Infectious Disease: Evolving Challenges to Human Health

Drug-Resistant Bacteria Are Emerging

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Antibiotic-resistant, disease-causing bacteria are increasingly common. For example, methicillin-resistant Staphylococcus aureus (“Staph”) (MRSA) infections are a growing problem. Staph bacteria live on the skin and in the nose of healthy people; Staph infections occur when the bacteria penetrate the surface of the skin through cuts or scrapes and grow within deeper tissues or enter the bloodstream. MRSA first appeared in hospitals and prisons, but have now spread to the community. Because these Staph bacteria can cause serious infections in otherwise healthy young people, and because they are resistant to nearly all available antibiotics, the emergence and spread of MRSA is worrisome.

1943   Penicillin became available and killed Staph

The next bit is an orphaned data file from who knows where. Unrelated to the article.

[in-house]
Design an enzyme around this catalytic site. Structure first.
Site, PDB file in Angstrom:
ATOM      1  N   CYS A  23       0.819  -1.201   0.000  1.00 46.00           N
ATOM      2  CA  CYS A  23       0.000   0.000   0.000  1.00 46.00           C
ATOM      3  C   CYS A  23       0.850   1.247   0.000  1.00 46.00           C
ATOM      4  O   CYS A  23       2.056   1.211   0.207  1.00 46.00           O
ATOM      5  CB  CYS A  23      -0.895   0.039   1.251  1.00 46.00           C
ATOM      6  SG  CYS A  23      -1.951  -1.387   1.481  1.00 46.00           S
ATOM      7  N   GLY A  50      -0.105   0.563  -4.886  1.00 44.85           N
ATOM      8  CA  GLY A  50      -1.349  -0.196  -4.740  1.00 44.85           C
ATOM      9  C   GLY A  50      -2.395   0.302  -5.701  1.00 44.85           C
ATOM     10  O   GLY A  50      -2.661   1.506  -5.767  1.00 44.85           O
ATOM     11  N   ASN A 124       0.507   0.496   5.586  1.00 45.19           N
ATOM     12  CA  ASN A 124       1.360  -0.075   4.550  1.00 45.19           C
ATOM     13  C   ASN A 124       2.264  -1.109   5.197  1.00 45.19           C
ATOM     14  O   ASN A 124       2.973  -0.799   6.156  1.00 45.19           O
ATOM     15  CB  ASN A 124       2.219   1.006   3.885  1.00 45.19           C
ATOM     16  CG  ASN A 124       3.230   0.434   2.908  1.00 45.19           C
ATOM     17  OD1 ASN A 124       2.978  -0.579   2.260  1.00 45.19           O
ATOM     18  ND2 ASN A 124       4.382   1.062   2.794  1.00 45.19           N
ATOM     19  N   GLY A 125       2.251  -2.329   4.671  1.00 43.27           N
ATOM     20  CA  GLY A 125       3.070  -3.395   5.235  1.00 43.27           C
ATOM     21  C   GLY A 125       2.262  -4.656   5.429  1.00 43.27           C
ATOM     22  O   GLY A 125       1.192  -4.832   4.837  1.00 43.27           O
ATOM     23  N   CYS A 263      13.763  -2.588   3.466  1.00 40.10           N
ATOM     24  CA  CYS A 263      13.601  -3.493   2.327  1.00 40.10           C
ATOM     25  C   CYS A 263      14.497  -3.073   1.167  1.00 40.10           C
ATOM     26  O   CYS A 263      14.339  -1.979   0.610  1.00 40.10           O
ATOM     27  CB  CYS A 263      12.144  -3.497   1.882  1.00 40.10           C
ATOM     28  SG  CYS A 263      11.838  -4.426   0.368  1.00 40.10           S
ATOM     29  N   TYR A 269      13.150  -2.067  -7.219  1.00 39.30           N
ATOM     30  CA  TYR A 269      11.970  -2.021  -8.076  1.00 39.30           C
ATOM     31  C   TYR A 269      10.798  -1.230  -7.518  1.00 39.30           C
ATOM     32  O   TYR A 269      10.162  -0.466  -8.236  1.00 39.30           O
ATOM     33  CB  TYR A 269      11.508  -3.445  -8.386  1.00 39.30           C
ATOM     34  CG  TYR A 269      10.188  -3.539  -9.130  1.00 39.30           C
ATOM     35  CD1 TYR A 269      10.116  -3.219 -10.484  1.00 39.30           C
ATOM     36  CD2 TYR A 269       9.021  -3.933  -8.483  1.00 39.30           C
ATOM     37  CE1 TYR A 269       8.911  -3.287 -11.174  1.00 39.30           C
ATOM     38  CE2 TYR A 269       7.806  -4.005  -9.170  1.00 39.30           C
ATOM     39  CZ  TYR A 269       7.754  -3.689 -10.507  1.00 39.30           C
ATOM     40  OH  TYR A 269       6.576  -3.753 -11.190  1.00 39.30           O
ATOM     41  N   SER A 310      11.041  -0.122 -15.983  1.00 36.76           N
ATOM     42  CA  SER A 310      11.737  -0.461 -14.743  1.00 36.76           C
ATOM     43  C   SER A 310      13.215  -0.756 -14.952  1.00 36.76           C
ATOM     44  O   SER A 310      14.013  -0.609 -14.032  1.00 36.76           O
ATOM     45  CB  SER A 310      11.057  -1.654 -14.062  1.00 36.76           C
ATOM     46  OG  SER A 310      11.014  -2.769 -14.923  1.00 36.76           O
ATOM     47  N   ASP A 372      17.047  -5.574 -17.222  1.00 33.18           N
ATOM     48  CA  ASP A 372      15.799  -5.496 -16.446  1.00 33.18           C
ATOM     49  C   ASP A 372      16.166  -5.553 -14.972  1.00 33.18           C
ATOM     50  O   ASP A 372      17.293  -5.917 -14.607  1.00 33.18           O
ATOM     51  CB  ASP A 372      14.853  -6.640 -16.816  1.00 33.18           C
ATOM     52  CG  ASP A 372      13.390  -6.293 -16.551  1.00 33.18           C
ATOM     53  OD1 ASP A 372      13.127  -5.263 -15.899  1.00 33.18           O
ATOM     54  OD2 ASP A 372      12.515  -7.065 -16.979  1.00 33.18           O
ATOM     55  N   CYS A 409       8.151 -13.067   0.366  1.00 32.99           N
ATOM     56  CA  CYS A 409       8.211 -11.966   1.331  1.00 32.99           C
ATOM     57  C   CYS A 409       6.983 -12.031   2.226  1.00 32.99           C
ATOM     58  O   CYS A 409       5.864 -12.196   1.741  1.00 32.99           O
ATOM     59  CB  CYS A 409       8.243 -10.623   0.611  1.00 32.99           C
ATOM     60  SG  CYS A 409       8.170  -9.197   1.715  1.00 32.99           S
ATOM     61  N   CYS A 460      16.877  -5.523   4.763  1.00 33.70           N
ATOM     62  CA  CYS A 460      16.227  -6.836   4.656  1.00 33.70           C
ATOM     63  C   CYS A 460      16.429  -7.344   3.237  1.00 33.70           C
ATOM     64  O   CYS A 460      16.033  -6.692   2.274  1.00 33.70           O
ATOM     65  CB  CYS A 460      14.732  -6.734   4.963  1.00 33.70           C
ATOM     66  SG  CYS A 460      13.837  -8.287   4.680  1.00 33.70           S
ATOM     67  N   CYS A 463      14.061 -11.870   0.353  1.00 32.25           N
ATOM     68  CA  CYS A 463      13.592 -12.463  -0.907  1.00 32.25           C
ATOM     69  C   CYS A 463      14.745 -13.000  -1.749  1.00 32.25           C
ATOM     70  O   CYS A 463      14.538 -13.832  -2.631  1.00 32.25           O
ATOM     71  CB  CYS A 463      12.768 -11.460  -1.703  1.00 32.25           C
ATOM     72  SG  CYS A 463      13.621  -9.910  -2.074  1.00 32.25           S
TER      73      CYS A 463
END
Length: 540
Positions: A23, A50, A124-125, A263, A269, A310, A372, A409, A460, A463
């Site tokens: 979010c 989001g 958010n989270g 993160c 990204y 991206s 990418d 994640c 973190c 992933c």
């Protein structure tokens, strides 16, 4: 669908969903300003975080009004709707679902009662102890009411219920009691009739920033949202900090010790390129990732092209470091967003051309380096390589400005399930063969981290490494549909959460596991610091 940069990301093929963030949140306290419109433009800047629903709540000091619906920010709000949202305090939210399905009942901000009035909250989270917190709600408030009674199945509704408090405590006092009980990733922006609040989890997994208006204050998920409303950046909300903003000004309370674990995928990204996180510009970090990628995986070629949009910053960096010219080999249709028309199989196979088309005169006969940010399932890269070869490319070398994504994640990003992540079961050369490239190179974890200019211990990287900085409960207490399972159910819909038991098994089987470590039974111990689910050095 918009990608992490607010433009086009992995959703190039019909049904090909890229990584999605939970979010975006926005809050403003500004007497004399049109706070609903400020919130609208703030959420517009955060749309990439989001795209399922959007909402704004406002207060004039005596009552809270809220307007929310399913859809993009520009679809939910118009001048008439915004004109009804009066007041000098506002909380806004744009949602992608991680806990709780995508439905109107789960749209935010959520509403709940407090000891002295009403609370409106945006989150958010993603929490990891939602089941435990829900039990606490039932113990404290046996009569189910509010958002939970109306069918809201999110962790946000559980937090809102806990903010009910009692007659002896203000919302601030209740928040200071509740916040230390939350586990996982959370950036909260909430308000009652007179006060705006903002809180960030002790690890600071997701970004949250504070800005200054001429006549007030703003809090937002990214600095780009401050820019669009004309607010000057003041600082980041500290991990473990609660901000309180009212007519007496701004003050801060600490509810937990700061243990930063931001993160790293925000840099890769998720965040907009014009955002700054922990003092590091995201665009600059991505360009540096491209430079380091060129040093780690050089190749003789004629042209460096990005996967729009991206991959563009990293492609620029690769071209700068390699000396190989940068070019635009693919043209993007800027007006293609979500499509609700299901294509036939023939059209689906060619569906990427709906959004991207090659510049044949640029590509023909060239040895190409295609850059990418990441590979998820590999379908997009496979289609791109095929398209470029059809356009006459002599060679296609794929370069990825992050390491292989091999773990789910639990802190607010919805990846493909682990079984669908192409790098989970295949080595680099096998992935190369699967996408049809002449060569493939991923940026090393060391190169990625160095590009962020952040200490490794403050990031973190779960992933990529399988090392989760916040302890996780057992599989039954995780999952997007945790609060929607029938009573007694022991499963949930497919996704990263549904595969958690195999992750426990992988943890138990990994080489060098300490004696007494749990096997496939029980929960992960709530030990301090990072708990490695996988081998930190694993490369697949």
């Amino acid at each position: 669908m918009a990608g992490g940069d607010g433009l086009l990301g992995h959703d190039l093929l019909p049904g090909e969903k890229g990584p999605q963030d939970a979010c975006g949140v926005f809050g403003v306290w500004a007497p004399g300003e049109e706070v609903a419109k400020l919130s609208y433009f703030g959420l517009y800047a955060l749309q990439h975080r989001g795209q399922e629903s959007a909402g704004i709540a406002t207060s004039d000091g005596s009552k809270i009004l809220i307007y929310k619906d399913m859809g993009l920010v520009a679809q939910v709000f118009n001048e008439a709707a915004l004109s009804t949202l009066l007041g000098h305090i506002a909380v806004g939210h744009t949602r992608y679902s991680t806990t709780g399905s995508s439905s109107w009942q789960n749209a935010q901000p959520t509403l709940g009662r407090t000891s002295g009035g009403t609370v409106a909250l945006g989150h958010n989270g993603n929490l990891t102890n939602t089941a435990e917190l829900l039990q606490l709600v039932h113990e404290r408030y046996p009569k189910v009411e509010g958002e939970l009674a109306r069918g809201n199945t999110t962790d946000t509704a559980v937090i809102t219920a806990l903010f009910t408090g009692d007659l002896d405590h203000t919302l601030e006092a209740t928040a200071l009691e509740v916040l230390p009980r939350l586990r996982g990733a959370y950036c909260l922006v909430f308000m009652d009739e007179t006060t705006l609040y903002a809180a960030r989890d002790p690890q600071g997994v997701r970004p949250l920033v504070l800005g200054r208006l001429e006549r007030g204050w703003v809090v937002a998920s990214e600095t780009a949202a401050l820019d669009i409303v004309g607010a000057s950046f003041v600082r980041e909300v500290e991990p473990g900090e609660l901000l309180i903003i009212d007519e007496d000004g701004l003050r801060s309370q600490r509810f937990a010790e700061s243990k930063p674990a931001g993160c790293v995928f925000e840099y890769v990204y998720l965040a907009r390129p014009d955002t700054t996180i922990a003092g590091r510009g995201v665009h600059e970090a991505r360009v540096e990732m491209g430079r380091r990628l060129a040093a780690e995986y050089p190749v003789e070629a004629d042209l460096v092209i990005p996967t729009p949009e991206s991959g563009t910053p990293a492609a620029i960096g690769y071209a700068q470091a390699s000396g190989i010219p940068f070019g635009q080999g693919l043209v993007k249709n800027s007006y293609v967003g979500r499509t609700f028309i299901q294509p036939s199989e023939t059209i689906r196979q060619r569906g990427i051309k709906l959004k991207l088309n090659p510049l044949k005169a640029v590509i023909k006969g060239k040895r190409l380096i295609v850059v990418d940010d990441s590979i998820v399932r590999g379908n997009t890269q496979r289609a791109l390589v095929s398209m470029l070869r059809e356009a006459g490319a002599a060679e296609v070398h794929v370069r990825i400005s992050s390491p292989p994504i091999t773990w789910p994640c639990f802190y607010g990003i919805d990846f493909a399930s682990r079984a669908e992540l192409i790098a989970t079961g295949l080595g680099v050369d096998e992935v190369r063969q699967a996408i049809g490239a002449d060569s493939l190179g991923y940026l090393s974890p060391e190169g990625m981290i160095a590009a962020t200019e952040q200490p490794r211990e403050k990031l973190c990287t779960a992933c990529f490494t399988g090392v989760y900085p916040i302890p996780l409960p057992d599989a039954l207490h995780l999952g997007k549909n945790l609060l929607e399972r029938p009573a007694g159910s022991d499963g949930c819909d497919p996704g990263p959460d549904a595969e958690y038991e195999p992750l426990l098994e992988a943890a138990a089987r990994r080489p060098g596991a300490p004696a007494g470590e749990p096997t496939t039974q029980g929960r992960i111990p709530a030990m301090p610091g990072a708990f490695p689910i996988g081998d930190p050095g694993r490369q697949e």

1947   First resistant strains reported
1960s  Methicillin replaced penicillin for treating Staph infections
1961   Methicillin-resistant Staph reported in Cairo
1980s  Methicillin resistance rising, vancomycin used as a last resort
1992   15% of Staph are methicillin-resistant
1996  35% are methicillin-resistant
2000   50% are methicillin-resistant
2001   Vancomycin resistance reported (fortunately, not in Staph that are methicillin-resistant)

Staphylococcus aureus

A photo of Staphylococcus aureus taken with an electron microscope. Antibiotic resistance is an increasingly common problem worldwide. (Photo courtesy of CDC/ Janice Carr/ Jeff Hageman, M.H.S.)

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